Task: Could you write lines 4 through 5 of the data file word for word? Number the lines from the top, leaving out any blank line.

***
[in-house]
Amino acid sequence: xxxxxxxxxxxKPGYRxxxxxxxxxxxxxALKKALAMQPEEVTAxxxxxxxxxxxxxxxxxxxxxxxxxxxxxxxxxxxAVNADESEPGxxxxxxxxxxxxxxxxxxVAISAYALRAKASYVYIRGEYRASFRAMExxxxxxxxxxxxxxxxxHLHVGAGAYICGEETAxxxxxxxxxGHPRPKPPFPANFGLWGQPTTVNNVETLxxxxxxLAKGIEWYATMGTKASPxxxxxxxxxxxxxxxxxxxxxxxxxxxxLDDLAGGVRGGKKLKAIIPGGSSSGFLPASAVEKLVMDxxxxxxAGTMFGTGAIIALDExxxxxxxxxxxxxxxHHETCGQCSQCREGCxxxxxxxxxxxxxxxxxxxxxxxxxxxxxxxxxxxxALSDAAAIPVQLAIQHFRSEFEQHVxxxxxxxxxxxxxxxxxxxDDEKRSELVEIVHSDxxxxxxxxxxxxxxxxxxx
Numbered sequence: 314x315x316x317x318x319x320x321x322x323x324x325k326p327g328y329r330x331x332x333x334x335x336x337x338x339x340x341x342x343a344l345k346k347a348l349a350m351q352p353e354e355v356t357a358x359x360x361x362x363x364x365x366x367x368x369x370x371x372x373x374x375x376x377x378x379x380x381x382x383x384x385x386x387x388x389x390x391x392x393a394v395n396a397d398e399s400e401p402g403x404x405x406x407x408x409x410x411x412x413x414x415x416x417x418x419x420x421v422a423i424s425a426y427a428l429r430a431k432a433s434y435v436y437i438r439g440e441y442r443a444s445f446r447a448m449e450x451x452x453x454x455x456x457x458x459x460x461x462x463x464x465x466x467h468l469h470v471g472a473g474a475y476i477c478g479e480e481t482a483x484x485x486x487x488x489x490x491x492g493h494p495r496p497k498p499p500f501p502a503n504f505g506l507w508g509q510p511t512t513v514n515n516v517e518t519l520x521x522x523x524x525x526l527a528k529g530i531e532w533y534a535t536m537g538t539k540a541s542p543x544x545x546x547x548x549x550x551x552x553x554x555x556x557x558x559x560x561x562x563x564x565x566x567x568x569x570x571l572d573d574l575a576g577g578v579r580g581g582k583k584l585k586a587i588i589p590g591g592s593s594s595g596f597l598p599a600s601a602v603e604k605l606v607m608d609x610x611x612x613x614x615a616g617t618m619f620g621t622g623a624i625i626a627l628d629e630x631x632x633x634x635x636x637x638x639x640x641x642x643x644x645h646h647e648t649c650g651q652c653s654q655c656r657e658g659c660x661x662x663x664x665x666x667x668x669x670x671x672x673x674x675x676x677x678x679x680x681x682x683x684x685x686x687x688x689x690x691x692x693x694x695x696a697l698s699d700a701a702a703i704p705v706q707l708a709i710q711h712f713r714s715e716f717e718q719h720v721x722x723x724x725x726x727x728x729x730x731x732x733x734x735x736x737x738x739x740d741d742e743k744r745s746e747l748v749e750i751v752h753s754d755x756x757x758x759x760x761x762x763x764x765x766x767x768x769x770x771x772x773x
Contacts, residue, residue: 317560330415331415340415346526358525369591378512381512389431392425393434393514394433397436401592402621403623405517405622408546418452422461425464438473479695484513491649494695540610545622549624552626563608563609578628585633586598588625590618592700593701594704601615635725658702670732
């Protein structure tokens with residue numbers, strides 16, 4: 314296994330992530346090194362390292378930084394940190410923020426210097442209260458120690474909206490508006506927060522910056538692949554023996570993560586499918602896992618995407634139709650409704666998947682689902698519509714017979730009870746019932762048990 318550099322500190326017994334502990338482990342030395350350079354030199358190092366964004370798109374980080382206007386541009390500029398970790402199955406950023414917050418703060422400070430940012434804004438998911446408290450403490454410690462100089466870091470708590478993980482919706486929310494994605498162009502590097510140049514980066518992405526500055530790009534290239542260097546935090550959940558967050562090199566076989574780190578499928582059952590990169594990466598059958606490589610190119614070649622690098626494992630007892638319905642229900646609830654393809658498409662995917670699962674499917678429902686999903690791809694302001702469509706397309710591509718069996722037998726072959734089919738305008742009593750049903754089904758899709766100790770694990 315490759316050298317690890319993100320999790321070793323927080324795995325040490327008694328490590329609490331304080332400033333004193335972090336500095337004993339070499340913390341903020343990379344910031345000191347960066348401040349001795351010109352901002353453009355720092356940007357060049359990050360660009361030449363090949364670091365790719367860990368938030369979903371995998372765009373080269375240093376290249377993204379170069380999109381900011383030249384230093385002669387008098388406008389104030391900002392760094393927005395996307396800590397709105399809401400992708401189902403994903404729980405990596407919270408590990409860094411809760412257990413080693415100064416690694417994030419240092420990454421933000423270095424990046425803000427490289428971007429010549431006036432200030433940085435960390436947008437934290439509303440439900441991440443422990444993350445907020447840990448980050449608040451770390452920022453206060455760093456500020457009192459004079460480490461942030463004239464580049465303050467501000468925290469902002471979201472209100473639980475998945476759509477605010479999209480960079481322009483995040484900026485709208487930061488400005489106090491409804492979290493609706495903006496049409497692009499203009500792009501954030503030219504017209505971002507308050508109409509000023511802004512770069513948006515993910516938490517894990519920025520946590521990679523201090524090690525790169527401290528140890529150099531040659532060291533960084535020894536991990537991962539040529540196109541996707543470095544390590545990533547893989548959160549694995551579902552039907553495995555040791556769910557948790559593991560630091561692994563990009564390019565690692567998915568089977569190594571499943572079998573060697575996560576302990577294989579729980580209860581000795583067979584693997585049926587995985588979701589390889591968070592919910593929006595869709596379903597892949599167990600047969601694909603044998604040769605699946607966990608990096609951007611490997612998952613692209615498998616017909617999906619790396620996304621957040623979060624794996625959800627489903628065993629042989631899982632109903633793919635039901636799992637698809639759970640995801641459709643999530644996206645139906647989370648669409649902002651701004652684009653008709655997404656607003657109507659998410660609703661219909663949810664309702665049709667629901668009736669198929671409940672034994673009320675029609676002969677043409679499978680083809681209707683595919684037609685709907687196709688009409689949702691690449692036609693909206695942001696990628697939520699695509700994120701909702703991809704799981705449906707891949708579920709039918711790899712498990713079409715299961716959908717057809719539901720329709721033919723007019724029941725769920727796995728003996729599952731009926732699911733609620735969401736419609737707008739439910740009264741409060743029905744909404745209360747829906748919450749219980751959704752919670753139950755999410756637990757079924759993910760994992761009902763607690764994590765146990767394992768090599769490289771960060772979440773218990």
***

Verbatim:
Contacts, residue, residue: 317560330415331415340415346526358525369591378512381512389431392425393434393514394433397436401592402621403623405517405622408546418452422461425464438473479695484513491649494695540610545622549624552626563608563609578628585633586598588625590618592700593701594704601615635725658702670732
């Protein structure tokens with residue numbers, strides 16, 4: 314296994330992530346090194362390292378930084394940190410923020426210097442209260458120690474909206490508006506927060522910056538692949554023996570993560586499918602896992618995407634139709650409704666998947682689902698519509714017979730009870746019932762048990 318550099322500190326017994334502990338482990342030395350350079354030199358190092366964004370798109374980080382206007386541009390500029398970790402199955406950023414917050418703060422400070430940012434804004438998911446408290450403490454410690462100089466870091470708590478993980482919706486929310494994605498162009502590097510140049514980066518992405526500055530790009534290239542260097546935090550959940558967050562090199566076989574780190578499928582059952590990169594990466598059958606490589610190119614070649622690098626494992630007892638319905642229900646609830654393809658498409662995917670699962674499917678429902686999903690791809694302001702469509706397309710591509718069996722037998726072959734089919738305008742009593750049903754089904758899709766100790770694990 315490759316050298317690890319993100320999790321070793323927080324795995325040490327008694328490590329609490331304080332400033333004193335972090336500095337004993339070499340913390341903020343990379344910031345000191347960066348401040349001795351010109352901002353453009355720092356940007357060049359990050360660009361030449363090949364670091365790719367860990368938030369979903371995998372765009373080269375240093376290249377993204379170069380999109381900011383030249384230093385002669387008098388406008389104030391900002392760094393927005395996307396800590397709105399809401400992708401189902403994903404729980405990596407919270408590990409860094411809760412257990413080693415100064416690694417994030419240092420990454421933000423270095424990046425803000427490289428971007429010549431006036432200030433940085435960390436947008437934290439509303440439900441991440443422990444993350445907020447840990448980050449608040451770390452920022453206060455760093456500020457009192459004079460480490461942030463004239464580049465303050467501000468925290469902002471979201472209100473639980475998945476759509477605010479999209480960079481322009483995040484900026485709208487930061488400005489106090491409804492979290493609706495903006496049409497692009499203009500792009501954030503030219504017209505971002507308050508109409509000023511802004512770069513948006515993910516938490517894990519920025520946590521990679523201090524090690525790169527401290528140890529150099531040659532060291533960084535020894536991990537991962539040529540196109541996707543470095544390590545990533547893989548959160549694995551579902552039907553495995555040791556769910557948790559593991560630091561692994563990009564390019565690692567998915568089977569190594571499943572079998573060697575996560576302990577294989579729980580209860581000795583067979584693997585049926587995985588979701589390889591968070592919910593929006595869709596379903597892949599167990600047969601694909603044998604040769605699946607966990608990096609951007611490997612998952613692209615498998616017909617999906619790396620996304621957040623979060624794996625959800627489903628065993629042989631899982632109903633793919635039901636799992637698809639759970640995801641459709643999530644996206645139906647989370648669409649902002651701004652684009653008709655997404656607003657109507659998410660609703661219909663949810664309702665049709667629901668009736669198929671409940672034994673009320675029609676002969677043409679499978680083809681209707683595919684037609685709907687196709688009409689949702691690449692036609693909206695942001696990628697939520699695509700994120701909702703991809704799981705449906707891949708579920709039918711790899712498990713079409715299961716959908717057809719539901720329709721033919723007019724029941725769920727796995728003996729599952731009926732699911733609620735969401736419609737707008739439910740009264741409060743029905744909404745209360747829906748919450749219980751959704752919670753139950755999410756637990757079924759993910760994992761009902763607690764994590765146990767394992768090599769490289771960060772979440773218990």